Bernardo L. Sabatini
Board Member: 2019 - Present
Research in the Sabatini laboratory focuses the mechanisms underlying the formation of memories and the acquisition of the circuitry necessary for various brain functions. This includes integrative studies of how synaptically connected networks of neurons (i.e. circuits) develop and function as well as biophysical studies of how an individual synapse operates. There is particular interest in how the intrinsic properties of synapses, the action of neuromodulatory molecules, and the topography of the neural network interact to determine the function, and dysfunction, of a circuit. Mice are the principle organism used in these studies of synapse formation and modulation. Within a few weeks after birth mice can perform sophisticated spatial navigation, forage independently for food, and engage in reward reinforcement learning.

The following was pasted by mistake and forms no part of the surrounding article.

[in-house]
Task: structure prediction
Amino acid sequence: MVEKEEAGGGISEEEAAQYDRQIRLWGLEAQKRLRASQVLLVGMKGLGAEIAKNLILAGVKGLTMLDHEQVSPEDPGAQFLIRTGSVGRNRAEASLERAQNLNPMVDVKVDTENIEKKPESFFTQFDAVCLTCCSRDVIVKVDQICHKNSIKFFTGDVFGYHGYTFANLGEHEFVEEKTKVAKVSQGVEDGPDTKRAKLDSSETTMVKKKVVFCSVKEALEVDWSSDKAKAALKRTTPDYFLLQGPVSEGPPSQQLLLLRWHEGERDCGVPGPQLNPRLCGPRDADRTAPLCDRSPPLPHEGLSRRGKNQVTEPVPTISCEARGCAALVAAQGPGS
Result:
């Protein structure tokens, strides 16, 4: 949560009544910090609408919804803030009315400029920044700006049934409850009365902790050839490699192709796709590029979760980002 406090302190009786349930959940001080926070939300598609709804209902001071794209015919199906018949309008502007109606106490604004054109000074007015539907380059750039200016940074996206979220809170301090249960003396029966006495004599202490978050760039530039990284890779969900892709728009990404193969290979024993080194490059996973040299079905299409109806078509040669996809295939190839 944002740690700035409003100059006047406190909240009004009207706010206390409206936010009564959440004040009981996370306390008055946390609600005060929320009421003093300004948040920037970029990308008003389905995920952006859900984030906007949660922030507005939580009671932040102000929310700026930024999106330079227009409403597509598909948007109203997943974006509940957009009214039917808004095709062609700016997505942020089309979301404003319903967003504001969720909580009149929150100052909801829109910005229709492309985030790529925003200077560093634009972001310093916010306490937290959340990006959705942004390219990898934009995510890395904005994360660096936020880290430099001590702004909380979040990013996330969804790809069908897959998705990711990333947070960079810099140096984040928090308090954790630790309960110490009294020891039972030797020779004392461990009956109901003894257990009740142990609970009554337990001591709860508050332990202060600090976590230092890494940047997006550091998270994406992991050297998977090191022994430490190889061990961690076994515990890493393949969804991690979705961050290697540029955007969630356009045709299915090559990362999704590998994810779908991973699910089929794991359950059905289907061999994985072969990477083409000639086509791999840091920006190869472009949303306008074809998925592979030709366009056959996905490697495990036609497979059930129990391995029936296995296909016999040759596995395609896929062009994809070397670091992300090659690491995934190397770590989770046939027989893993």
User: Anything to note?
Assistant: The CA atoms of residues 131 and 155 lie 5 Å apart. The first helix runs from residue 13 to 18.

Dr. Sabatini and his team seek to uncover the mechanisms of synapse and circuit plasticity that permit these new behaviors to be learned and refined. What developmental changes occur after birth that make learning possible? What neuronal circuit changes are triggered by the process of learning? Much or most of this work can be extrapolated to humans. In the first few years of life, humans tremendously expand their behavioral repertoire and gain the ability to engage in complex, learned, and reward-driven actions. Perturbations of these processes contribute to human neuropsychiatric disorders such as Tuberous Sclerosis Complex and Parkinson’s Disease. The mechanistic work done in mice has direct applicability to understanding human brain function and dysfunction.